A Dangerous Truth

           Gnosticism has been called many things, but, at its root, I believe it to be a counter-cultural philosophy born out of a very rare spiritual sensitivity, one which quite naturally recoils in horror at the conventional wisdom of its, or any other, day. This otherworldly philosophy is, of course, echoed, at least to some degree, within the teachings of almost any other religions, in so far as all these things begin wherever someone looks within and attempts to rectify some sort of fundamental trouble at the heart of the human condition. Gnosticism, however, is quite unique among such spiritual movements, in that it chooses not to malign the inherent nature of man, accusing him, as so many others do, of being the source of the problem; rather, it is Gnosticism alone which not only postulates the existence of a sinister external conspiracy to rob man of his proper dignity, but goes even further than this, suggesting that the villains may themselves be cloaked in righteousness, hiding where we’d least expect them. 

Now, some may choose to interpret this politically, others psychologically, and still others may choose to see this as a subtle indictment of physics itself, but all of these views provide us with an unprecedented endorsement for man’s true nature, above and beyond our humble mortal circumstances, and it encourages both our development onward towards greater horizons, as well as the necessary and inevitable transcendence of anything and everything which might possibly be holding us down. For this reason, true Gnosticism is a rare and dangerous thing, and I could never acknowledge the legitimacy of any Gnostic movement that refuses to embrace this particular quality of dangerousness, along with whatever else Gnosticism may be.

My own Gnostic beliefs have been criticized by some for being too antagonistic, too pessimistic, too bleak, to serve as a viable life philosophy. Since the spiritual war I engage in is so subtle, so ingeniously invisible, many wonder why I don't simply ignore it completely and stop taking such childish things so seriously. What baffles me, however, is how so many people can choose their spiritual beliefs based entirely upon the amount of comfort the ideas provide. If conventional religions are truly the opiate of the masses, then real Gnosticism is like some strange cocktail of PCP, LSD and anabolic steroids, some sinister designer drug engineered to send you howling off into the night like a crazed wolf-angel, tearing through illusions tooth and claw, until nothing lies between you and the thrones of your hidden oppressors but the endless piles of their defeated myrmidons.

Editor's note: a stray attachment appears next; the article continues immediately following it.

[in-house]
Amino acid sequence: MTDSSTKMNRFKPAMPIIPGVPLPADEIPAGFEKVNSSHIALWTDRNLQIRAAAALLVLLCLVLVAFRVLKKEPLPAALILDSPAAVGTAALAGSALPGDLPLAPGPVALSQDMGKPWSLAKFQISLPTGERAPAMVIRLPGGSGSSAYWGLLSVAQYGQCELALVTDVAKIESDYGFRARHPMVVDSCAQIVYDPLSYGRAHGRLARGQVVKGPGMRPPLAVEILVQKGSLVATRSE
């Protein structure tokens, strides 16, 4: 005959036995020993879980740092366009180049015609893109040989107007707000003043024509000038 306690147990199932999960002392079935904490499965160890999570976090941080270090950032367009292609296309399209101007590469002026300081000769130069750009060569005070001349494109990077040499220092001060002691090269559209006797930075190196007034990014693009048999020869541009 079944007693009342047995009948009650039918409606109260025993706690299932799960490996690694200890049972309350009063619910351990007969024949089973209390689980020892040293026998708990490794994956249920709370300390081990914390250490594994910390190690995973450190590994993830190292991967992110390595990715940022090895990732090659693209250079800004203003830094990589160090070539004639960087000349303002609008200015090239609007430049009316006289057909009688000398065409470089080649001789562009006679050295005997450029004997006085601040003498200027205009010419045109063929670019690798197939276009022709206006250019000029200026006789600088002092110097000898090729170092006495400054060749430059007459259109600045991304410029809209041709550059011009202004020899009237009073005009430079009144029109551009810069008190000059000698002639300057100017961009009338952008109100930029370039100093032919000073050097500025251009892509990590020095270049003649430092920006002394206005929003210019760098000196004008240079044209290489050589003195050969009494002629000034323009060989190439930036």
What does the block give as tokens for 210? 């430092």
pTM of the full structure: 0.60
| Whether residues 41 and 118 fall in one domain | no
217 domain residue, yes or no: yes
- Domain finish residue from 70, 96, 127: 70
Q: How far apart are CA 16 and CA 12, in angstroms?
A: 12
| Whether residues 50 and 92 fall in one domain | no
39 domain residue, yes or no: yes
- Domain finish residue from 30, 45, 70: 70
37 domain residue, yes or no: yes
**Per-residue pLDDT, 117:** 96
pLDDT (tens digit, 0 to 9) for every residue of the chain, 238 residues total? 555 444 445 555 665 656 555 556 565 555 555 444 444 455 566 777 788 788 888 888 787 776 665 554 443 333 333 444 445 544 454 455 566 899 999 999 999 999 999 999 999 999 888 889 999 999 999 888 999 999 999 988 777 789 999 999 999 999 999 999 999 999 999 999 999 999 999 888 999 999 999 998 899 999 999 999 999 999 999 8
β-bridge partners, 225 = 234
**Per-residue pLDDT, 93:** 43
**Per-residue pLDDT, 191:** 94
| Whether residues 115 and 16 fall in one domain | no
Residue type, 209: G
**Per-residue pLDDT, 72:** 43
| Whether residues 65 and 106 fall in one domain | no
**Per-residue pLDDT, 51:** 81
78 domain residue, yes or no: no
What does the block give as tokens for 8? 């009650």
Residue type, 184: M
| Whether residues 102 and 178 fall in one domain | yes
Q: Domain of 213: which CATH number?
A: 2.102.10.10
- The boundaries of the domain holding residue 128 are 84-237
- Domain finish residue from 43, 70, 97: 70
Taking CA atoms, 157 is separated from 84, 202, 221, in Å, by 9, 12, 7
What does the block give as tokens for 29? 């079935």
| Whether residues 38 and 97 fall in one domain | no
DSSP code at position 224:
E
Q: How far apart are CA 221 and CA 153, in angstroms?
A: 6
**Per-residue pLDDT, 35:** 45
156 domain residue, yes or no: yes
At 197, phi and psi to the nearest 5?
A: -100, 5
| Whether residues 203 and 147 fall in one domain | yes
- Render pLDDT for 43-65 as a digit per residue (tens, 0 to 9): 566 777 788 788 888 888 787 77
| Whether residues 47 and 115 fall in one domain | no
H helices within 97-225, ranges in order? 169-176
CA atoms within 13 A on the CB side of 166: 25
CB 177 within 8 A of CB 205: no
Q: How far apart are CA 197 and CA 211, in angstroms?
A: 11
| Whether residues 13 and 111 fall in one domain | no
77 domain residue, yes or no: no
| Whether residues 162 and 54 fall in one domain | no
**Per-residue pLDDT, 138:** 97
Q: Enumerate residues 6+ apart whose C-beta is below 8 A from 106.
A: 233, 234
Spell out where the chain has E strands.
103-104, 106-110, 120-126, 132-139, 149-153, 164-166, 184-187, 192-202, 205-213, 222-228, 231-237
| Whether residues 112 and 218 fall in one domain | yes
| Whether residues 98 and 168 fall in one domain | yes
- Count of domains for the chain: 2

Hmmmm... I suppose when one looks at it that way, maybe I should lay off the Gnosticism for a little while. I mean, I'd hate to end up a burned-out, paranoid, schizophrenic, with itty-bitty testicles and a really short temper, but, all analogies aside, once one knows that something is true, as far as I'm concerned, there's no going back. Reason demands that we adjust our beliefs to the facts before us. Anything else is a mere rationalization, an attempt to rearrange the facts to make them fit with one's desired belief. It is reason, and my observations of the world, which have led me to an unshakable understanding that we must each struggle to be free and authentic beings, or else be enslaved and devoured by the blind forces of conformity, banality, and exploitation, all of which exert a relentless and powerful influence over the world in which we live. 

Bleak? Perhaps, but then I'm not really in the market for more accommodating truths, no matter what the world actually looks like. I will instead take comfort in the divine presence of those few who still burn with the light of truth, as we share in the luminous products of our invaluable creative sparks. Namaste.

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